In what proved to be his last role as a gangster, screen icon Humphrey Bogart doesn’t disappoint in this tense crime drama from top flight director William Wyler. Teaming up with Bogie is another actor who can cast a very large shadow. Fredric March. And he’s up to the challenge of facing off with the legendary Bogart.
Bogie is joined by Dewey Martin and hulking Robert Middleton in a prison escape that finds them invading the peaceful home of March and his family. From the opening scene of Bogie threatening his way in past Martha Scott as March’s wife the tension is set on a slow elevation and does a great job at sustaining it for the film’s 2 hour length. March has a beautiful daughter who is a natural temptation to those who would harm her and a small son who would like nothing better than to see his Dad put Bogie and his crew out on their asses.
Adding another fine actor to the mix, we have Arthur Kennedy as the police officer leading the manhunt for the murderous trio. Wouldn’t you just know it, he’s the cop that sent Bogie up 3 years ago and both are set upon getting another crack at the other. As much as I love Bogie, I have to say that Fred March really drives this one home as the father trying to do what’s best for his family and keep them alive. If that’s to appear as a coward in front of his small son, so be it. His scenes with Martha Scott are both believable and tearful at times. For almost 2 hours he fences with Bogie as he slowly gets the upper hand in the rousing finale.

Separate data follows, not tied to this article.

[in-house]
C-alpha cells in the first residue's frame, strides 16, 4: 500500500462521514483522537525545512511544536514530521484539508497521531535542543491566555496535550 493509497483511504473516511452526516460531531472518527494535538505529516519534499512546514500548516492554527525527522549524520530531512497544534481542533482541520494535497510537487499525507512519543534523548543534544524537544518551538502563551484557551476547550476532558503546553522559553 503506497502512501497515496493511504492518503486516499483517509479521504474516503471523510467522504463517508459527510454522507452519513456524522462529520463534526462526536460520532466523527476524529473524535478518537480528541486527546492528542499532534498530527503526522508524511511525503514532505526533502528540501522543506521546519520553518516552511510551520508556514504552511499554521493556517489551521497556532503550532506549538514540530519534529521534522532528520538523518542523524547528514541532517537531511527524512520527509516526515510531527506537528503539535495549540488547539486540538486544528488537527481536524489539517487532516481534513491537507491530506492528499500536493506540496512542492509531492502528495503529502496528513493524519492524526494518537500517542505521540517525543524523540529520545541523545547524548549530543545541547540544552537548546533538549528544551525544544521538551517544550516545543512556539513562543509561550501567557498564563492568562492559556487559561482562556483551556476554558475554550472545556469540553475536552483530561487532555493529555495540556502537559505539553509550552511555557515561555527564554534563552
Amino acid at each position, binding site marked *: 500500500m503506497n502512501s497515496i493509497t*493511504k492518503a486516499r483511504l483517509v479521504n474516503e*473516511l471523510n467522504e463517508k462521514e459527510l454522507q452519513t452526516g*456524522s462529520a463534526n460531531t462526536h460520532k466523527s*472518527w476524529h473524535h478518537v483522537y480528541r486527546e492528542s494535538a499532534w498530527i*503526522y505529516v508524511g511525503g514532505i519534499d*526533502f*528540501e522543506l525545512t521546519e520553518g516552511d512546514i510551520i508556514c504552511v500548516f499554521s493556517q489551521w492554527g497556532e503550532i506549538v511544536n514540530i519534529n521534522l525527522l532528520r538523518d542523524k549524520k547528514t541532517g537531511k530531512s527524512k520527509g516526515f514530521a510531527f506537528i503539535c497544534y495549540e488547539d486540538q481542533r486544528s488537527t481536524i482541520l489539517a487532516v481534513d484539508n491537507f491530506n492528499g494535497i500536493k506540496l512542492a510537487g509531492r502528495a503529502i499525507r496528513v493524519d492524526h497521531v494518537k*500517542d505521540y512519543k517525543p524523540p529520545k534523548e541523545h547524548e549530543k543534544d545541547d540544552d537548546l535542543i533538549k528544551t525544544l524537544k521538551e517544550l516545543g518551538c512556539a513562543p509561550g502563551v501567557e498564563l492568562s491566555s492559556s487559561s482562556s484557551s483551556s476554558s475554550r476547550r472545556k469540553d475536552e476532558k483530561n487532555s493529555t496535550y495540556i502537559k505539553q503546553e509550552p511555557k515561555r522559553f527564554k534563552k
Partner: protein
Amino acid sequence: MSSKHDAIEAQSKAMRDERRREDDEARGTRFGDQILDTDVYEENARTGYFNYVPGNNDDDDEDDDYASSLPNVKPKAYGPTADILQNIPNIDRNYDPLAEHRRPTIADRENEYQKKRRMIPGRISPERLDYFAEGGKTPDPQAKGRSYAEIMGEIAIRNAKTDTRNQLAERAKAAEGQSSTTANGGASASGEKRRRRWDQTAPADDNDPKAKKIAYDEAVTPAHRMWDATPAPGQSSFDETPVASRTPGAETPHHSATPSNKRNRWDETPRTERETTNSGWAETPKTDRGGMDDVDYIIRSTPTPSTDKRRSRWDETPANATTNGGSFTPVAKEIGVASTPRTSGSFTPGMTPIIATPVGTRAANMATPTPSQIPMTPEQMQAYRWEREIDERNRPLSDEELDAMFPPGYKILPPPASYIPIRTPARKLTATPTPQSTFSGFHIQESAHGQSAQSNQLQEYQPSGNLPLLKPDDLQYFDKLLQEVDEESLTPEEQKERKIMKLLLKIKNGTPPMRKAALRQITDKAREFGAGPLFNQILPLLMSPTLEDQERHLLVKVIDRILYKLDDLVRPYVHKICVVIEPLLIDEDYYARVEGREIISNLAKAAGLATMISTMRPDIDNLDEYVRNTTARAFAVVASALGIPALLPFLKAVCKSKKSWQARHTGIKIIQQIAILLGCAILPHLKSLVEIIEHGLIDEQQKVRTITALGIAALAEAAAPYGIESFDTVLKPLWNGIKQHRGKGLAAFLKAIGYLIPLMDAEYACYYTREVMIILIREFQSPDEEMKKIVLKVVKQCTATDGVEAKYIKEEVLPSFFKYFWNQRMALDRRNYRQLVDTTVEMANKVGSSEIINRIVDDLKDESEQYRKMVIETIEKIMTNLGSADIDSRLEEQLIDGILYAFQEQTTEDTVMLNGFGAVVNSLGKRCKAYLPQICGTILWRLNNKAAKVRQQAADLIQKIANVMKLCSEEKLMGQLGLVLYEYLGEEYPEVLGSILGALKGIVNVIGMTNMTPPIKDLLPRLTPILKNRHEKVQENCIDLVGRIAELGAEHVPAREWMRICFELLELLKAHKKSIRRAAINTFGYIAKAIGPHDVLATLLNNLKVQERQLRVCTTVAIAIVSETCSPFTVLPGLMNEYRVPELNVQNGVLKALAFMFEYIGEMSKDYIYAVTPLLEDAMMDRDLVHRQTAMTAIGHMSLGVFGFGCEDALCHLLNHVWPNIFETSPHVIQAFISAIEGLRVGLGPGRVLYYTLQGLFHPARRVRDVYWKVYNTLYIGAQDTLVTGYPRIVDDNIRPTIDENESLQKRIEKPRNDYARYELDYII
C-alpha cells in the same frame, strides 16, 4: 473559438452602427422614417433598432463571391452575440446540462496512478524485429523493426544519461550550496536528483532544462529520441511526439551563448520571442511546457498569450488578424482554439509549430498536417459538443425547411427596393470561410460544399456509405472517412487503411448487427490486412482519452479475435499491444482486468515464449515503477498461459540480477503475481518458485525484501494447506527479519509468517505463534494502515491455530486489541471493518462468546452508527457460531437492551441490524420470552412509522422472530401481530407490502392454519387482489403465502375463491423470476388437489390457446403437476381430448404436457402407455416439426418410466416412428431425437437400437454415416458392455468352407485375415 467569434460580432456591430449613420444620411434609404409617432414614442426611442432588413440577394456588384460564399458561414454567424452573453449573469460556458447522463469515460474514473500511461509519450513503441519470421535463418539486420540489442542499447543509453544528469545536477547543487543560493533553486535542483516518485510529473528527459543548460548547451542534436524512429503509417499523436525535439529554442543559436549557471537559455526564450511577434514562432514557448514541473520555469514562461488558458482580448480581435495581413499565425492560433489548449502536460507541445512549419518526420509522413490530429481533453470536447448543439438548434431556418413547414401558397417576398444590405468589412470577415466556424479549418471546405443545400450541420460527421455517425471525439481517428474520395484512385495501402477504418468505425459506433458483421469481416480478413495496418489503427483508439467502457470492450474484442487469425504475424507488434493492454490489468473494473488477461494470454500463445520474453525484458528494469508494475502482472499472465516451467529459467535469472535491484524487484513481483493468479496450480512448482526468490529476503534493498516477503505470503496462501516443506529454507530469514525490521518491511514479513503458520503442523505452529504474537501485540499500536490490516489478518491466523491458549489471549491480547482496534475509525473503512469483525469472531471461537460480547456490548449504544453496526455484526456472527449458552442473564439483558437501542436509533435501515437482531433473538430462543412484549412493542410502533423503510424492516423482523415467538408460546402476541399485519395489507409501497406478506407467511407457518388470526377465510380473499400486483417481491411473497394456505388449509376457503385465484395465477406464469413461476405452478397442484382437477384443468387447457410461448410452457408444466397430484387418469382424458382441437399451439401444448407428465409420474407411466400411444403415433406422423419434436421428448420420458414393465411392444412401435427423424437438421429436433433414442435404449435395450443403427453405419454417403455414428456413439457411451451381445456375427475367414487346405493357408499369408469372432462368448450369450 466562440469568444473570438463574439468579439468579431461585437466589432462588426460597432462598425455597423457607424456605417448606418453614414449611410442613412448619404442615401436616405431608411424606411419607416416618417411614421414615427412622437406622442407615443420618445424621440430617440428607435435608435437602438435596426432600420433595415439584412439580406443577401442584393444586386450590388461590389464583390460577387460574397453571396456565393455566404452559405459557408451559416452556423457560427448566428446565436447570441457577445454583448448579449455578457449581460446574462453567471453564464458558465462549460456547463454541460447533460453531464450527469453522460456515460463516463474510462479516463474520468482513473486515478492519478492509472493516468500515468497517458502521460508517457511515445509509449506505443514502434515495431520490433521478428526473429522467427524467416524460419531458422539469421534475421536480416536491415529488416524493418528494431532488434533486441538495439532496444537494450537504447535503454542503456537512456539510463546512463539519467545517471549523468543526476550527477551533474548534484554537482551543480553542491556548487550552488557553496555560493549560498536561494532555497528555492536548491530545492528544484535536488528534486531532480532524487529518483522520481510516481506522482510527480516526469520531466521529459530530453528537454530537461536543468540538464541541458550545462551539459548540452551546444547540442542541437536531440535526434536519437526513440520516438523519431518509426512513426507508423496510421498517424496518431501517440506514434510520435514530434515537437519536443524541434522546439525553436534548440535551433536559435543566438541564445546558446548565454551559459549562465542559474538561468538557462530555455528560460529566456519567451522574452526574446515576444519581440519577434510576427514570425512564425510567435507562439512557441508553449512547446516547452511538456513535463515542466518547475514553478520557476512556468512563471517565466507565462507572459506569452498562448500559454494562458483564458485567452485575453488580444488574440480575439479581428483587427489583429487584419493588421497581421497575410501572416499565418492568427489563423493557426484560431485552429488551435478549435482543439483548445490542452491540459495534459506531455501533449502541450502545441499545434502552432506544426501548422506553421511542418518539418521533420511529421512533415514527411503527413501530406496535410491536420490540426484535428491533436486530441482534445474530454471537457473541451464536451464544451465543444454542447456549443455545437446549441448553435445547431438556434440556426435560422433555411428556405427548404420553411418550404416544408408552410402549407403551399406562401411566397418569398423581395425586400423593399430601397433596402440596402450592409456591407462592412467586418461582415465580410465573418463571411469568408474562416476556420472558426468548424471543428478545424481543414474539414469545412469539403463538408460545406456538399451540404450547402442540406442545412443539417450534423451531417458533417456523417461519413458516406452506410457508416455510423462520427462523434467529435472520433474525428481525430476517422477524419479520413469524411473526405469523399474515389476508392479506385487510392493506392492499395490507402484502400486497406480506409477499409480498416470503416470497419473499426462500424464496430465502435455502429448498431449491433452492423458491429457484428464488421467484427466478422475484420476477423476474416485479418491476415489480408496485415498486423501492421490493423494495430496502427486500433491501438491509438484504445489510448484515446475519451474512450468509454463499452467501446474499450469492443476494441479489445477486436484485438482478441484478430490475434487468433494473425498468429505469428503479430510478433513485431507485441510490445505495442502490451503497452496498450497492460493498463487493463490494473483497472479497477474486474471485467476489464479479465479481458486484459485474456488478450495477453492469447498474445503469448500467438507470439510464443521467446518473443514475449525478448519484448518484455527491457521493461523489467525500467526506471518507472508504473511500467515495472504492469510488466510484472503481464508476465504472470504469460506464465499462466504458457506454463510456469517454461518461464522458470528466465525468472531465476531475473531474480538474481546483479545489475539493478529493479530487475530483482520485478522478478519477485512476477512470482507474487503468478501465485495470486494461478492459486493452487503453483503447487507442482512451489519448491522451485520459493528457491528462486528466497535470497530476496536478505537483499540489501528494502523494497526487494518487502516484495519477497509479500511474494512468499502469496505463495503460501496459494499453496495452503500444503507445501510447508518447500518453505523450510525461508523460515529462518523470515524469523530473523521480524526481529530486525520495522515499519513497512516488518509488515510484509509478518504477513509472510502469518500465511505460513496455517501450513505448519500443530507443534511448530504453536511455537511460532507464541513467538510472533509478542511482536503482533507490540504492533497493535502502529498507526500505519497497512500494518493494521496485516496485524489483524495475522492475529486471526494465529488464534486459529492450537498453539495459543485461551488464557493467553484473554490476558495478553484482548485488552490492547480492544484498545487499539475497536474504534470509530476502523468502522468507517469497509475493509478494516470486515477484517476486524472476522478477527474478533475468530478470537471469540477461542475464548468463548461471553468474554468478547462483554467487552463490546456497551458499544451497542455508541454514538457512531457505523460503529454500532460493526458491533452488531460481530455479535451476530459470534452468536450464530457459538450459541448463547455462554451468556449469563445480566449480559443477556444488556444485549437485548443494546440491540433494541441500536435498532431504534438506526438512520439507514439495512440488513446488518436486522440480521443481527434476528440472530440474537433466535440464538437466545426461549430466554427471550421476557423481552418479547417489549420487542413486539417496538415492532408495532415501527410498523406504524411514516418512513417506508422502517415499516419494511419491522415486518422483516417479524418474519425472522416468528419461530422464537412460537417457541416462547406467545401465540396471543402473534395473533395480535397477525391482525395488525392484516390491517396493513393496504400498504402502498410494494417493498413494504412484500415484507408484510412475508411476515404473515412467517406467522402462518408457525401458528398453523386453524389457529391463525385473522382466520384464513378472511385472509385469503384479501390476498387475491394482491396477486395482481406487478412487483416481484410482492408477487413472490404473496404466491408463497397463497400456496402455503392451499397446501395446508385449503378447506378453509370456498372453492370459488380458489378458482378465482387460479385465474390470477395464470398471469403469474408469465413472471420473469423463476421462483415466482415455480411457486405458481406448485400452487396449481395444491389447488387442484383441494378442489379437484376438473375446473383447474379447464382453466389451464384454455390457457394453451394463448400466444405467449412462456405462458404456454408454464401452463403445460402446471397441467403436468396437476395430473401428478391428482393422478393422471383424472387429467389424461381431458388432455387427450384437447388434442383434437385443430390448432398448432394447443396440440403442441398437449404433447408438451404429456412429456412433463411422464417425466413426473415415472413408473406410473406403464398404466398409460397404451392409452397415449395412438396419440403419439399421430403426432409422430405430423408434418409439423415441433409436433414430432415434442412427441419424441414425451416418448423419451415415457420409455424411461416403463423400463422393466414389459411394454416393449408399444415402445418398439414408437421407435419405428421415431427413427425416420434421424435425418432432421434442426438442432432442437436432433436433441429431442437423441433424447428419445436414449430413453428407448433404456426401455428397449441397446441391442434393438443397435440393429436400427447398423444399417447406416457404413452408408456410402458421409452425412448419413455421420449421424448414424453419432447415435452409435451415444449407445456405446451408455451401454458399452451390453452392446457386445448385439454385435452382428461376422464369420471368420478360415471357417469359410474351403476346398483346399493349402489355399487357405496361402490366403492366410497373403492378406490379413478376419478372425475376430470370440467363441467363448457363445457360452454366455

That this film is first rate should come as no surprise based on the actors involved not to mention the man behind the camera, William Wyler. Wyler has done more than his fare share of classics including Ben Hur and a previous film that won March the Academy Award. The Best Years of Our Lives. There are many well known faces throughout the cast including Gig Young as suitor to March’s daughter. Whit Bissell and Ray Teal join Kennedy on the man hunt as does Ray Collins.
According to Hollywood legend, Spencer Tracy was slated for the March role but bowed out due to billing issues with Bogie. Although I think we missed something there, that’s not fair to March and his work here. The film also serves as an interesting bookend to Bogie’s gangster films with The Petrified Forest as they have much in common with the hostage taking plot.
It’s understandable how this film can get lost in the mix with so many classics to see from Bogie, March and Wyler but at the same time a little unfair to this nail biter. No one seems to talk of this title when reviewing there careers and I most certainly think it needs to be rediscovered and one should savor the Bogie-March showdown as it deserves multiple viewings.